As Zasloff recognizes, one of the benefits of U.S. climate tort litigation is its potential to get the political process to respond to the climate crisis. Damages might be the remedy of choice in such litigation, given the potentially greater deterrence value of damages vis-à-vis injunctive relief. Large greenhouse gas emitters that must pay damages to U.S. plaintiffs for past emissions in the amount of an optimal carbon tax might support comprehensive climate change regulation, perhaps in exchange for congressional preemption of liability for damages. Such deterrence must be weighed against the possibility that the award could unfairly enrich U.S. plaintiffs at the expense of persons living in other parts of the world who also sustained injuries from the defendant’s emissions. To avoid such a result, U.S. courts should limit their relief to prospective injunctive relief. In that regard, the level of abatement that a defendant would adopt if it were compelled to pay an optimal carbon tax constitutes a globally fair measure of the defendant’s abatement obligation. Climate damages are then best left to an international institution that can more fairly adjudicate the competing claims of the world’s population to the damages attributable to a given source’s greenhouse gas emissions.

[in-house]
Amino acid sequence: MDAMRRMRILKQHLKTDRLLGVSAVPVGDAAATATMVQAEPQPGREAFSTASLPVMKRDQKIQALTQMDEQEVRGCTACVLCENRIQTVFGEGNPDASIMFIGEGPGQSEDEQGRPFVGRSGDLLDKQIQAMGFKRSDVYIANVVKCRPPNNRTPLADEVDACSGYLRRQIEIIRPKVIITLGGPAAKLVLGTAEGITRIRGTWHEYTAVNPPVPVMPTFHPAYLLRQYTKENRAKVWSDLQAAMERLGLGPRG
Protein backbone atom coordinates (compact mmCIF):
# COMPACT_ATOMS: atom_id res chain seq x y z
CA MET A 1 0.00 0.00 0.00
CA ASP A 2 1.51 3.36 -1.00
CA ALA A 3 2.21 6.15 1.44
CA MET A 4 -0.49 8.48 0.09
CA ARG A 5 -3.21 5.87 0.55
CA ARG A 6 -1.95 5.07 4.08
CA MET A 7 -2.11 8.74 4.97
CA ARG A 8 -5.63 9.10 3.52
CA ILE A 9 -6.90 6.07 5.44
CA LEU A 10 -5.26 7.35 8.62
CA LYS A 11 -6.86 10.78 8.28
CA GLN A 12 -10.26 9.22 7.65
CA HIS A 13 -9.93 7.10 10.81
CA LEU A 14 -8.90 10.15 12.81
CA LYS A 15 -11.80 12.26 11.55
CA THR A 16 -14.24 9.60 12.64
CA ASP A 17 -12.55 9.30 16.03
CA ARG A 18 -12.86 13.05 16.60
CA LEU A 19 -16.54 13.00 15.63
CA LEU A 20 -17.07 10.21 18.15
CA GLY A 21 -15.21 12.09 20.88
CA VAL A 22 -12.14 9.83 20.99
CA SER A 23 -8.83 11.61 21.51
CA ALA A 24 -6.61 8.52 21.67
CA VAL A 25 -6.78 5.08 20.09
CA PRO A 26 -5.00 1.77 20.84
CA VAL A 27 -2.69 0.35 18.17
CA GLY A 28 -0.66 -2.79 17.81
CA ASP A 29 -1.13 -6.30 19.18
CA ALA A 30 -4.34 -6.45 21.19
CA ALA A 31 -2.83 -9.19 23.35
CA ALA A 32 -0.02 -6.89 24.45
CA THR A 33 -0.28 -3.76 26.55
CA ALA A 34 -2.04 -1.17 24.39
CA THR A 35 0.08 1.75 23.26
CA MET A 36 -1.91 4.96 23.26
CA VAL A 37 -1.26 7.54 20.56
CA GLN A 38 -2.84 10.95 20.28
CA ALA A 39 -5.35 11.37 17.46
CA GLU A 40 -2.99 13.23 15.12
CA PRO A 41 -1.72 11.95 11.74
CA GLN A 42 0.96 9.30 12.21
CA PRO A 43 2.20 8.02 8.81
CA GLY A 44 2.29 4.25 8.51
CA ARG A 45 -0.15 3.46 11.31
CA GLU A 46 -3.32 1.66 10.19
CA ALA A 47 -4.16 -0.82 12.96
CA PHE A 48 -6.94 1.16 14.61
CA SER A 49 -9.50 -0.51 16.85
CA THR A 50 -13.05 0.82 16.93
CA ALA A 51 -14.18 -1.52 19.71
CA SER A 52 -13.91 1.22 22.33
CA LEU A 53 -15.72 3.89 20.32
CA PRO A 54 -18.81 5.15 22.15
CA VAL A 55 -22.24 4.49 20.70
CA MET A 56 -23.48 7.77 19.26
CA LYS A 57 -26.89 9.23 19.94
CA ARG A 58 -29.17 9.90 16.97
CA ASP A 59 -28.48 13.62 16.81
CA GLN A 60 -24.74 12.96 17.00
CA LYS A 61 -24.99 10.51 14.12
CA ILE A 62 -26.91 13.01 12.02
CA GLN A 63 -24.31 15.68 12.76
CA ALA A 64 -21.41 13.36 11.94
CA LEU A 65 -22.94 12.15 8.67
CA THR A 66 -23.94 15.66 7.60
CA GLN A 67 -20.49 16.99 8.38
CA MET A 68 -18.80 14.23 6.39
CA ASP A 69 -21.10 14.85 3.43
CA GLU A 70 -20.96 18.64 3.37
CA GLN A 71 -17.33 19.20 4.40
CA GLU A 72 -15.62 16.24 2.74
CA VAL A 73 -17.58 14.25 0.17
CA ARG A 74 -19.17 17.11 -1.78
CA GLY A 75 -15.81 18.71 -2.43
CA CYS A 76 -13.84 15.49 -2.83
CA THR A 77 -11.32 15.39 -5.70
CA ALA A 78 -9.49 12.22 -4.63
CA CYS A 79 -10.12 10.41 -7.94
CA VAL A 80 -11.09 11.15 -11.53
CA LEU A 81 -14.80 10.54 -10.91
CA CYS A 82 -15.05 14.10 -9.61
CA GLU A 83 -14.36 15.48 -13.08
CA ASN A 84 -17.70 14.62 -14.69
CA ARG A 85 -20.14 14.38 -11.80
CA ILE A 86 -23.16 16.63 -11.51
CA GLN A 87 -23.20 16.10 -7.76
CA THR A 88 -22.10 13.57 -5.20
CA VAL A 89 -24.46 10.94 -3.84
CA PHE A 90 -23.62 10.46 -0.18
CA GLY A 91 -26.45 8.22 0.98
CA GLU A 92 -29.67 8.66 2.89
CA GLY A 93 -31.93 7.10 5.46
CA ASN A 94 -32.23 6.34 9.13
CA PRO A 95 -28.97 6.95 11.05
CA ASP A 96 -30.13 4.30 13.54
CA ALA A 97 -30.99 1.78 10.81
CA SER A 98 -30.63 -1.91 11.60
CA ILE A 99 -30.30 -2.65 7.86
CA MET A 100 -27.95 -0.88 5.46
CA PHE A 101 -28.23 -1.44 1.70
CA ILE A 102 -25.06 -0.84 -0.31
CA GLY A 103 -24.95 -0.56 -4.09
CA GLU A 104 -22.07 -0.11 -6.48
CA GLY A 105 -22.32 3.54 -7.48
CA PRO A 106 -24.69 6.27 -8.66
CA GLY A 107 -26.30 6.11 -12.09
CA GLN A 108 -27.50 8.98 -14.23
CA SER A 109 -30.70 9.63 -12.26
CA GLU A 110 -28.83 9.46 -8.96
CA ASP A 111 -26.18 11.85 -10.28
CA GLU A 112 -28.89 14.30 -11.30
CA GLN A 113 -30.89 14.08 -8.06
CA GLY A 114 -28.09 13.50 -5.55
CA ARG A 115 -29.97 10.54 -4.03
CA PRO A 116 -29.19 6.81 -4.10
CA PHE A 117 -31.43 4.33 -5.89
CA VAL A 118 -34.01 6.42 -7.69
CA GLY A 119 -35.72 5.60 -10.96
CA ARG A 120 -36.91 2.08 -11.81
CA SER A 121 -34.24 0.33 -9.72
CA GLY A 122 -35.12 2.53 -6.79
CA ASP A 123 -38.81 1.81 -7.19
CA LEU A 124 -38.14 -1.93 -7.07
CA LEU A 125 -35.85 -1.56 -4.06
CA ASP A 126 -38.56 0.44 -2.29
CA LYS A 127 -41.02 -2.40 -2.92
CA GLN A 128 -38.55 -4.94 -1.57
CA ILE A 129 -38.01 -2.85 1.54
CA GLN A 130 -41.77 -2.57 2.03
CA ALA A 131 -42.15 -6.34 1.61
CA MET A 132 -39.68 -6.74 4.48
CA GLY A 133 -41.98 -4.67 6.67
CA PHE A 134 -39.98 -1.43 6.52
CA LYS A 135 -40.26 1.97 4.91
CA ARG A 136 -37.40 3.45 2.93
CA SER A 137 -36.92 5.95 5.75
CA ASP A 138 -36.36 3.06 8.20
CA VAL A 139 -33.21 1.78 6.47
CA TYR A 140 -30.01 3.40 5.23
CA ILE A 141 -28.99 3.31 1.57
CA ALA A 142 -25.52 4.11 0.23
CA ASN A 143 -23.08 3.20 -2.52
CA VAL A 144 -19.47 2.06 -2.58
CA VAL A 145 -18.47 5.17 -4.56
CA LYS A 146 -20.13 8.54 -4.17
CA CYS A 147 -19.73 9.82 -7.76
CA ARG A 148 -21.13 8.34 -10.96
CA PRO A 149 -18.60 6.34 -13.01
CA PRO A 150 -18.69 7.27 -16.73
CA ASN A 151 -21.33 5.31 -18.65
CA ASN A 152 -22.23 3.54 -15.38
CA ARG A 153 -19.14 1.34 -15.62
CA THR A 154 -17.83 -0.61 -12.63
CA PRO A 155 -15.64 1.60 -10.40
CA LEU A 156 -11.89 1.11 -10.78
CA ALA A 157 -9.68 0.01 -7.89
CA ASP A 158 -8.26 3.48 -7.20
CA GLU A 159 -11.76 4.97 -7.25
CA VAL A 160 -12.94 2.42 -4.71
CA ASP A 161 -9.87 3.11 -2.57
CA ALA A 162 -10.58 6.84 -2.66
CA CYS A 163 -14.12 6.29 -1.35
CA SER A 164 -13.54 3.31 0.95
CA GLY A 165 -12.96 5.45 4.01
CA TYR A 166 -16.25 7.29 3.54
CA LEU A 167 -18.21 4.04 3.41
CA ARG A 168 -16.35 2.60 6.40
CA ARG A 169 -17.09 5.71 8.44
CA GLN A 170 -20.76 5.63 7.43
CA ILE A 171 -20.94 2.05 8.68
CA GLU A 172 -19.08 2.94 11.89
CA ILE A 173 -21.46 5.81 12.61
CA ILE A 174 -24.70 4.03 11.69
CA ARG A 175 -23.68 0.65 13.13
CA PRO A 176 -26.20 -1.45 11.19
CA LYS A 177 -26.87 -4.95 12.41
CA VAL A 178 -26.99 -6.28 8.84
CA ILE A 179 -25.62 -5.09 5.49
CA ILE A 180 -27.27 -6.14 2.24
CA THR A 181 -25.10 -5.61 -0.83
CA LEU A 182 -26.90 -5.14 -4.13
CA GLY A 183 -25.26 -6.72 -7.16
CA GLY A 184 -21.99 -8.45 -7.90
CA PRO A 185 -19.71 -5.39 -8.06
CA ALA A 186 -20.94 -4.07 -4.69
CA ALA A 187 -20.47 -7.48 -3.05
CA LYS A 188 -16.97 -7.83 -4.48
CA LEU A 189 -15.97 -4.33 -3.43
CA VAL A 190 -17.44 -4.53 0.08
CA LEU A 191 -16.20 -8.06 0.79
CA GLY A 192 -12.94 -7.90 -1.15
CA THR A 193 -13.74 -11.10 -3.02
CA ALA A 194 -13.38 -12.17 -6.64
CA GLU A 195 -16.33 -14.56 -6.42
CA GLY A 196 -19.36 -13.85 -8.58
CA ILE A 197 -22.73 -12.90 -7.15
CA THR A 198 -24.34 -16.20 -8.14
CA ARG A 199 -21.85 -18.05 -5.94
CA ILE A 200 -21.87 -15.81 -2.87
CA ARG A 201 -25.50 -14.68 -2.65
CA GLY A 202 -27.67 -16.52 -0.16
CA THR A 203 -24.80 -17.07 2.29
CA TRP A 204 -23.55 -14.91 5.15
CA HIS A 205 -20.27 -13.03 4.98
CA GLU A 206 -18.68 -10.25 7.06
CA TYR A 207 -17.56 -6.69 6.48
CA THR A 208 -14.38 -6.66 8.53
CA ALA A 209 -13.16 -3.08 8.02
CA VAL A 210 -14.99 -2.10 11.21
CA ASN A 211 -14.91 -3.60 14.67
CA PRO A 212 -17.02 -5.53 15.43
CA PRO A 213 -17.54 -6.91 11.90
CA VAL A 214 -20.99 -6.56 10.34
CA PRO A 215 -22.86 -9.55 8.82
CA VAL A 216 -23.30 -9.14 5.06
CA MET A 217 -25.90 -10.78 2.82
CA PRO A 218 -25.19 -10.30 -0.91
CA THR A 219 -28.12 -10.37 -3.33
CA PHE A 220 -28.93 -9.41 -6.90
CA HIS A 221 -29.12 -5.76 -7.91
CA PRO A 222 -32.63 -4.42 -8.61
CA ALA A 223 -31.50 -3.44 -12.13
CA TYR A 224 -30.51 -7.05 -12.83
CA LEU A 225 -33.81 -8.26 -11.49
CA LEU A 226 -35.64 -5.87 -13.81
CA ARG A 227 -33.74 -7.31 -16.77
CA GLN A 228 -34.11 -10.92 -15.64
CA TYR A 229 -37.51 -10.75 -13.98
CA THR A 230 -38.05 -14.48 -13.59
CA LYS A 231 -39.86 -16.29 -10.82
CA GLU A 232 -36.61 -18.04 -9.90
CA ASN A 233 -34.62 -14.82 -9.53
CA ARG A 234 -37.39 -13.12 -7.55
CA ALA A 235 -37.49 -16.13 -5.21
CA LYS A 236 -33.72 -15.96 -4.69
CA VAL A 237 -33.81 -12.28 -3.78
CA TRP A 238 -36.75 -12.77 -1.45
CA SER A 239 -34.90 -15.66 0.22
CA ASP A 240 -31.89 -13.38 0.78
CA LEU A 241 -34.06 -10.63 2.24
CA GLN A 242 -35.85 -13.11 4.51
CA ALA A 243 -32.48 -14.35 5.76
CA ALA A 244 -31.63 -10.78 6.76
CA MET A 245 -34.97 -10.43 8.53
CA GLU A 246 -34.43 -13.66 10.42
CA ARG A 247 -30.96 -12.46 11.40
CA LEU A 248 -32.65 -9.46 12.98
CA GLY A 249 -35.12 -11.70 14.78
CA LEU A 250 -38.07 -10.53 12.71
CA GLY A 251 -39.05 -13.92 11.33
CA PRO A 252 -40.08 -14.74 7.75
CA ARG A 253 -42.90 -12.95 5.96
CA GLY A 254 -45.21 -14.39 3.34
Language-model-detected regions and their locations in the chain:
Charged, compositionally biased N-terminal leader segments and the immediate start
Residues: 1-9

* Professor of Law, James E. Rogers College of Law, University of Arizona. I wish to thank Dan Dobbs, David Driesen, Carol Rose, and Scott Saleska for their thoughtful comments on an earlier draft and each of the participants in the Works-in-Progress Seminar at the James E. Rogers College of Law, University of Arizona. Last but certainly not least, I wish to thank Krista Germeroth for her excellent research assistance. . Jonathan Zasloff, The Judicial Carbon Tax: Reconstructing Public Nuisance and Climate Change, 55 UCLA L. Rev. 1827 (2008).
. A major impediment to the use of tort law to address conduct contributing to climate change is the difficulty of attributing harm from an activity known to cause climate change, such as the emission of greenhouse gases, to individual sources of greenhouse gas emissions. As discussed infra, see text accomp-anying notes 49–56, courts have handled analogous situations through the imposition of injunctive relief.